In conclusion, patients with cancer who have been treated with paclitaxel, a neurotoxic chemotherapy treatment, have a higher risk of ocular surface discomfort associated with dry eye disease compared to age- and sex-matched healthy controls, more so in the presence of peripheral neuropathy. Eye care clinicians should be aware of the ocular surface discomfort in cancer patients treated with neurotoxic chemotherapy, while medical oncologists should be cognizant of such effects in patients who have completed treatment particularly those with persistent peripheral neuropathic symptoms. Future longitudinal studies incorporating objective ocular surface measures with prospective cohorts are warranted to further investigate these associations.

## Methods

### Study design

This was a prospective, observational cross-sectional study which involved a single study visit, approved by the South Eastern Sydney Area Health Service Human Research Ethics Committee. Participants provided written informed consent in accordance with the Declaration of Helsinki. All methods were conducted in accordance with relevant guidelines and regulations.

### Patient selection

Twenty-nine participants with breast, ovarian or endometrial cancer who had completed paclitaxel treatment (26 treated with paclitaxel + doxorubicin + cyclophosphamide (AC regimen) and 3 treated with paclitaxel + carboplatin (TC regimen)) between 3 and 24 months ago were recruited from the Department of Medical Oncology, Prince of Wales Hospital (Sydney, Australia). Twenty-nine age- and sex-matched healthy control subjects were also recruited through contact in the local health district. Sample size calculations were based on the minimally important difference for OSDI total score (the primary measure of the current study) of 10 for mild to moderate dry eye disease at a standard deviation for change of 13. At 80% power and 95% confidence, this gives a sample size of 22 participants32.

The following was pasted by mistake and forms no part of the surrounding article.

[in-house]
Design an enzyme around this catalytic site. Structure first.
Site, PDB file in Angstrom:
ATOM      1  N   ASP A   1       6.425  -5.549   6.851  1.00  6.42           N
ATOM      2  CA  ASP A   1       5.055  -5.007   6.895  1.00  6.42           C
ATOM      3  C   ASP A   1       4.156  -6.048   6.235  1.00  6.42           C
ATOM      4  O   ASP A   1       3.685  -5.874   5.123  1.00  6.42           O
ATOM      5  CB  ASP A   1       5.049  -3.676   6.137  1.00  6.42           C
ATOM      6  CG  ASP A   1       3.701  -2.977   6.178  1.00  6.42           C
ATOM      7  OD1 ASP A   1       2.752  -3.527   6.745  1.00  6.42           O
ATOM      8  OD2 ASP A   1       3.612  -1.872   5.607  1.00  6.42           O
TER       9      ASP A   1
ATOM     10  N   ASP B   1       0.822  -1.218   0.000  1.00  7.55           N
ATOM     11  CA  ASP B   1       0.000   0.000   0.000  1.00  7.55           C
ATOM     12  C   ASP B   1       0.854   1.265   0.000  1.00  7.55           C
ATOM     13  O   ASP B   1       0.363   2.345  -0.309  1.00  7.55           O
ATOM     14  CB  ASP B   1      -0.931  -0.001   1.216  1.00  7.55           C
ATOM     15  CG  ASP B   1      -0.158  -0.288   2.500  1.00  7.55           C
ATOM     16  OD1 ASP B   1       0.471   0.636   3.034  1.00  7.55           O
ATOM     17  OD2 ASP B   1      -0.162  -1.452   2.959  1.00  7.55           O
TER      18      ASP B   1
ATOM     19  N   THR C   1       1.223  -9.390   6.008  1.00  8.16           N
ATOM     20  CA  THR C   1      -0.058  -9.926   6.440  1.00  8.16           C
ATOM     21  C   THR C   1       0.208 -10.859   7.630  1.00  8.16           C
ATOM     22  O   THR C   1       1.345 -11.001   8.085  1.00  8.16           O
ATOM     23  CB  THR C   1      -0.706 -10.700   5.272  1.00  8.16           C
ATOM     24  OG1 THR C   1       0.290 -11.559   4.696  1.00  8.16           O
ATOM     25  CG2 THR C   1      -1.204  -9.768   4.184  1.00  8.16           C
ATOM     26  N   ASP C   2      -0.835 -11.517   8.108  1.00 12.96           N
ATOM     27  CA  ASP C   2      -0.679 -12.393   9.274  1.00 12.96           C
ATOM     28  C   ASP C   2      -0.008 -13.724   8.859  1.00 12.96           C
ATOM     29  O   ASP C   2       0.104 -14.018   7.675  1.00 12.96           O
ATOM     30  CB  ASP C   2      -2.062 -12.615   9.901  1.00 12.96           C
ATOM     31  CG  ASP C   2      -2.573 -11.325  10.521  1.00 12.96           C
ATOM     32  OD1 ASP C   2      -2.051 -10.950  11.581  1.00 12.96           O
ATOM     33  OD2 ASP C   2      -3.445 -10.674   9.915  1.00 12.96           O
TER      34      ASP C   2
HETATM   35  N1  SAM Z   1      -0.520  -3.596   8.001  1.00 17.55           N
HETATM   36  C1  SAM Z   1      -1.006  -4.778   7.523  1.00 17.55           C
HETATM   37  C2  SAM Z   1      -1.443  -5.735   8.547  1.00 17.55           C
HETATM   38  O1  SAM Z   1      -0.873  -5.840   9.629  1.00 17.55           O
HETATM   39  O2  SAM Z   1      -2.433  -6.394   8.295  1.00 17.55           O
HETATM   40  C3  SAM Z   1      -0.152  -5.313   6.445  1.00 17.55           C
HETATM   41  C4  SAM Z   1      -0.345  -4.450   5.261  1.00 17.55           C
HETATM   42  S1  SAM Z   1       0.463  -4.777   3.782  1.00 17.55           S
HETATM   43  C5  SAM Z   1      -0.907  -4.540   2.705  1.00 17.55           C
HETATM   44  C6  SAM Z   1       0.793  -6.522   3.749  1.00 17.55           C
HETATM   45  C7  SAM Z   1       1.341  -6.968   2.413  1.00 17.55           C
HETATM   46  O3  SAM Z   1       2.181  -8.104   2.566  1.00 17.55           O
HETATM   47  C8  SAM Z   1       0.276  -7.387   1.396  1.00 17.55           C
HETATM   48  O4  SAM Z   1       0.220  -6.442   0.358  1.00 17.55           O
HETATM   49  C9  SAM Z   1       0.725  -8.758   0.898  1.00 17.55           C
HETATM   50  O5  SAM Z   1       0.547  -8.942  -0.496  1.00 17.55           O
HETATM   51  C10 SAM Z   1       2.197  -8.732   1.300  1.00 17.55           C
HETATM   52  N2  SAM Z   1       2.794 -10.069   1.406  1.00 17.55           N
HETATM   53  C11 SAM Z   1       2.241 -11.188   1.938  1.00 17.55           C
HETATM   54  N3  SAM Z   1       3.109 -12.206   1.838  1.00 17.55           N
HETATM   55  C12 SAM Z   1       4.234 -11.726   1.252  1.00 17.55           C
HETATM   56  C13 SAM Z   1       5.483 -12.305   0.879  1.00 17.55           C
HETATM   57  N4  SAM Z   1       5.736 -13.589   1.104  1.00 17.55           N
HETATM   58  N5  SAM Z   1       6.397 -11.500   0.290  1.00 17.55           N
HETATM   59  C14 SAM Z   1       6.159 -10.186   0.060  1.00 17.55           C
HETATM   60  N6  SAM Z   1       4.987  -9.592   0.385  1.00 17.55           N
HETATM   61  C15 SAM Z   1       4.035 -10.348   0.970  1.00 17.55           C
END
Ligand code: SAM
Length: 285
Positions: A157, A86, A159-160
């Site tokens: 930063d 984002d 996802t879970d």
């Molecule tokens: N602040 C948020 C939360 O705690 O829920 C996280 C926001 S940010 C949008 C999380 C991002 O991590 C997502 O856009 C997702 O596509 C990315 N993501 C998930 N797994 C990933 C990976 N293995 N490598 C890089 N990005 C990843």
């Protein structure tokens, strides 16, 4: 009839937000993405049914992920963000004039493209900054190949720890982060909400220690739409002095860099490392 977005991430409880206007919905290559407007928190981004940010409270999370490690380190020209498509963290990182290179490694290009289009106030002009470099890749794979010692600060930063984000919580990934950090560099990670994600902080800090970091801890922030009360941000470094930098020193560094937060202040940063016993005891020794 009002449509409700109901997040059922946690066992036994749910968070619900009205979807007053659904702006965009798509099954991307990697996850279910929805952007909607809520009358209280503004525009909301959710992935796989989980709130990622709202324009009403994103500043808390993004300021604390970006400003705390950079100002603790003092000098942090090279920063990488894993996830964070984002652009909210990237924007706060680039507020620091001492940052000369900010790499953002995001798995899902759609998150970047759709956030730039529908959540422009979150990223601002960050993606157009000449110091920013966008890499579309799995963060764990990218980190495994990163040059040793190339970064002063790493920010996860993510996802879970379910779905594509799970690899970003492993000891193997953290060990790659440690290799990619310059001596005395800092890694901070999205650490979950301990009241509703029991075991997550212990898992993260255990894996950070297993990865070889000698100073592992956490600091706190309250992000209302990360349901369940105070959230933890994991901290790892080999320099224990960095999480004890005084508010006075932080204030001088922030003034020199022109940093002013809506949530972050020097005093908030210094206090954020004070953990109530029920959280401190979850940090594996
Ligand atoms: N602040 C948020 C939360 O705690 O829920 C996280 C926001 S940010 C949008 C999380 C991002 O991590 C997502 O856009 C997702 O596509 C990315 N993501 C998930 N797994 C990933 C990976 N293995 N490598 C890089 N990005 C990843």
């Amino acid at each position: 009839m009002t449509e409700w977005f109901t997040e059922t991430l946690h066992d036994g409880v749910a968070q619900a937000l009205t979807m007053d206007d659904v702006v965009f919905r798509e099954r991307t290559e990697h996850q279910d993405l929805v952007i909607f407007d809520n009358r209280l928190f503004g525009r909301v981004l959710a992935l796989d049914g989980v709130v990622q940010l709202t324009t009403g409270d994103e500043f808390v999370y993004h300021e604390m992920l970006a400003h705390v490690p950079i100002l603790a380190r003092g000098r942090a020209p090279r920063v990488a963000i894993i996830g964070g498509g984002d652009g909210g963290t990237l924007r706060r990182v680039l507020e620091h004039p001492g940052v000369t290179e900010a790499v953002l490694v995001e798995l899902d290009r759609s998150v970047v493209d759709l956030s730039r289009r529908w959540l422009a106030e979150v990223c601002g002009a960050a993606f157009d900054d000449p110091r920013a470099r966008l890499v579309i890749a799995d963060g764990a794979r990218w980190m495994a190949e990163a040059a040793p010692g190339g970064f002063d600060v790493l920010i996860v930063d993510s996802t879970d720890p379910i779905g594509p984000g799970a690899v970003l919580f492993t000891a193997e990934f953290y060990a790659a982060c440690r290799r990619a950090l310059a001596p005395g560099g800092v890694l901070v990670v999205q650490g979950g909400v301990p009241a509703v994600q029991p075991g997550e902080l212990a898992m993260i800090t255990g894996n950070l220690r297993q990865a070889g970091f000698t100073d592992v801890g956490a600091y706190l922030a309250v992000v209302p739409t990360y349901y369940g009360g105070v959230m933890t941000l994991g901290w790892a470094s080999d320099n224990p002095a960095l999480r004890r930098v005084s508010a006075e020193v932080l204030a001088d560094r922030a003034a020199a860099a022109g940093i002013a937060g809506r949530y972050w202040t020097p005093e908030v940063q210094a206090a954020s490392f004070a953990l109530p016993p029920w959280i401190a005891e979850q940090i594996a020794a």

Participants were excluded if they had a history of any other medical disorder known to cause neuropathy including pre-diabetes, diabetes and chronic kidney disease, were pregnant or lactating, had a history of ocular trauma, refractive surgery or contact lens wear, or had any active ocular disease such as iritis, corneal edema, corneal dystrophies or herpes simplex keratitis. Medication use which could potentially cause dry eye syndrome such as isotretinoin or oral contraceptives were also included in the exclusion criteria. Patients with cancer treated with hormonal agents including tamoxifen and aromatase inhibitors at the time of assessment were also excluded as these medications have been shown to cause ocular surface dysfunction7,8.

### Procedures

All participants underwent clinical assessments which involved a series of subjective questionnaires and objective neurological assessment. As part of a clinical suite of neurological tests, peripheral neuropathic symptoms and effect on daily activities of living were assessed with The European Organization for Research and Treatment of Cancer (EORTC) Quality of Life Questionnaire in Chemotherapy-induced Peripheral Neuropathy (QLQ-CIPN20)33. These include numbness, tingling, shooting or burning pain and cramps in the distal extremities. The reduced version of the Total Neuropathy Scale (TNSr, Johns Hopkins University) was used to grade CIPN with symptomatology, clinical and neurophysiological measures across 8 domains from a scale of 0–4 (sensory symptoms, weakness symptoms, pin prick sensibility, vibration threshold, strength, deep tendon reflexes, sensory sural nerve and motor tibial nerve conduction studies)34,35. The total score for each participant was gathered (0–32), with larger scores reflecting greater neuropathy. Chemotherapy data including cumulative dose were collated.